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Colleges Responding to Needs of Vegetarian Students

November 29, 1990|MARY MacVEAN | ASSOCIATED PRESS

NEW YORK — Vegetarian students considering colleges have to look at more than just the course catalog.

At some schools, they could end up surviving on salad bars and peanut butter, while at others, entire dining rooms are devoted to vegetarian food.

"Food service directors are really working hard in meeting each segment of the student population's expectations," said Clark Dehaven of the National Assn. of College and University Food Service in East Lansing, Mich.

Vegetarian eating has grown slowly but steadily over the past decade in colleges, Dehaven said.

An estimated 8 million to 9 million Americans are vegetarians.

The Marriott Corp., which provides food for about 400 colleges, offers at least one vegetarian entree at lunch and dinner in addition to salad bars and yogurts, spokeswoman Kathy Boyle said. The company had about a dozen vegetarian recipes in its menu rotation 15 years ago, and now has about 50, including carrot loaf with pea sauce, curried vegetables with beans and sunflower seeds, and vegetable quiche, she said.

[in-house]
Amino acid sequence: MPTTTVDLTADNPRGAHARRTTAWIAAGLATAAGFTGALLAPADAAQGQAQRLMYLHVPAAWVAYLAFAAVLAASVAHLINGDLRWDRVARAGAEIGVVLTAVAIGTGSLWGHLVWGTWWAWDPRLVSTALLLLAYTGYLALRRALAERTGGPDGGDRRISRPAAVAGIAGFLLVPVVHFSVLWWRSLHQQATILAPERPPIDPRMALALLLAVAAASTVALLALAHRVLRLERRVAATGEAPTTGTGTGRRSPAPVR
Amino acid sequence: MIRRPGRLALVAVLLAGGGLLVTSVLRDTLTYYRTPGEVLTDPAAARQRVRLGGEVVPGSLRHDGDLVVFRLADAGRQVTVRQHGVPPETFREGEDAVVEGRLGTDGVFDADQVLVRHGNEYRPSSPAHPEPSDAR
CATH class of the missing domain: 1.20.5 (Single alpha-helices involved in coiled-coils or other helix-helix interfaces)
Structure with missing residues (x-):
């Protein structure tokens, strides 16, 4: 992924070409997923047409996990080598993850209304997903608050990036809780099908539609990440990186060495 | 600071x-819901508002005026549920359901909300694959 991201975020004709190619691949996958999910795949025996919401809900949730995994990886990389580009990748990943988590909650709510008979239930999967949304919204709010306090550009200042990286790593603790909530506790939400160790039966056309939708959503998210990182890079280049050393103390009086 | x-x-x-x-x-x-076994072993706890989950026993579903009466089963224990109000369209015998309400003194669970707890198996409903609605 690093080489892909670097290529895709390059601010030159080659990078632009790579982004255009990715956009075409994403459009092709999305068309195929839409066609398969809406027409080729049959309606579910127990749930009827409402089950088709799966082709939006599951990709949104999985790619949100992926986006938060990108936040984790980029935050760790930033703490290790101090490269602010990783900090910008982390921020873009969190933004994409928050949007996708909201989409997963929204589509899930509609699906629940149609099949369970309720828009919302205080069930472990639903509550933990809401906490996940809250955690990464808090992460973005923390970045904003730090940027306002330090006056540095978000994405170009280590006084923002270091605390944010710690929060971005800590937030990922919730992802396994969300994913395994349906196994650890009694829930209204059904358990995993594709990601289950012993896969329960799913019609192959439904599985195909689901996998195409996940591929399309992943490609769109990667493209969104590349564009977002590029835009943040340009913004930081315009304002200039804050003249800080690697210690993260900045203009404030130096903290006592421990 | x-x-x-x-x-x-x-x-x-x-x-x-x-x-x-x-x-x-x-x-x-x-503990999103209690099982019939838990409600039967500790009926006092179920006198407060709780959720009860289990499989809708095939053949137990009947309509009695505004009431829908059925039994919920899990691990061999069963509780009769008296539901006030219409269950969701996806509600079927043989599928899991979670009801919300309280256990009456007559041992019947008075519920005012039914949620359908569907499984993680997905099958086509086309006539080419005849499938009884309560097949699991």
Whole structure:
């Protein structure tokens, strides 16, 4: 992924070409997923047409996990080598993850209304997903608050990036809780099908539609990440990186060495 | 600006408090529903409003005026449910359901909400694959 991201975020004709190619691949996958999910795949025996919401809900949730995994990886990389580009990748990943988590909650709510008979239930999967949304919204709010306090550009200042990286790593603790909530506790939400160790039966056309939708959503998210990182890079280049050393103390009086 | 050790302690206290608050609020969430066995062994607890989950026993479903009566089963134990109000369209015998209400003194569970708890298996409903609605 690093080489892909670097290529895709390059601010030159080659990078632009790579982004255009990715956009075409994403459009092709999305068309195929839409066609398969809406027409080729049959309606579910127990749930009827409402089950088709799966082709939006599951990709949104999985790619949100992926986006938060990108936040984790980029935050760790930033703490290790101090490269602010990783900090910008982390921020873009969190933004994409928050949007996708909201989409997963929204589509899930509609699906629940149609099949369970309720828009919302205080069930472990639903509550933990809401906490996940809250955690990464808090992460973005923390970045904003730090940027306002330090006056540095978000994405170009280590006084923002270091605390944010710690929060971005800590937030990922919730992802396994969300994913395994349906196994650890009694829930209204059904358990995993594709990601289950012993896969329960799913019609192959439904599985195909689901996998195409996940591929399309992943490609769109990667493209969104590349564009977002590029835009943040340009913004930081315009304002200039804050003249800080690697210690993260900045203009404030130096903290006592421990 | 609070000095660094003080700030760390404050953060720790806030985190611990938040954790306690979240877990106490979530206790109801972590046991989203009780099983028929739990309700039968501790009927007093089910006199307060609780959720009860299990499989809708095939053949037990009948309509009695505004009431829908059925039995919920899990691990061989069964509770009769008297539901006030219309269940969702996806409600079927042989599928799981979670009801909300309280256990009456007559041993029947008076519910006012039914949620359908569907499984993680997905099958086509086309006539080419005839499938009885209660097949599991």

"I think it's a matter of taking the time and investing the time in the students and developing a program," said Paul Tuennerman, director of dining services for Morrison Custom Management, which provides the food at Swarthmore College in Pennsylvania.

"A year and a half ago, I thought a vegetarian entree was rice with cheese on it," he said.

Then Tuennerman began meeting with vegetarian students, reading books and testing recipes. Now the school serves such dishes as tofu Oriental salad, carrot loaf, eggplant con queso, and Moroccan stew with yams, raisins, carrots and other vegetables.

There are two vegetarian choices at every meal, one of them vegan, meaning no animal products of any kind. Lacto-ovo vegetarians eat no flesh but do eat eggs and dairy products.

At Oberlin College's lacto-ovo "veggie dining hall," there also is a vegan option for lunches and every other dinner, said dietitian Rebecca Stotter.

"We're finding more students are wanting strict vegan entrees. Health reasons, possibly ethical reasons too," Stotter said.

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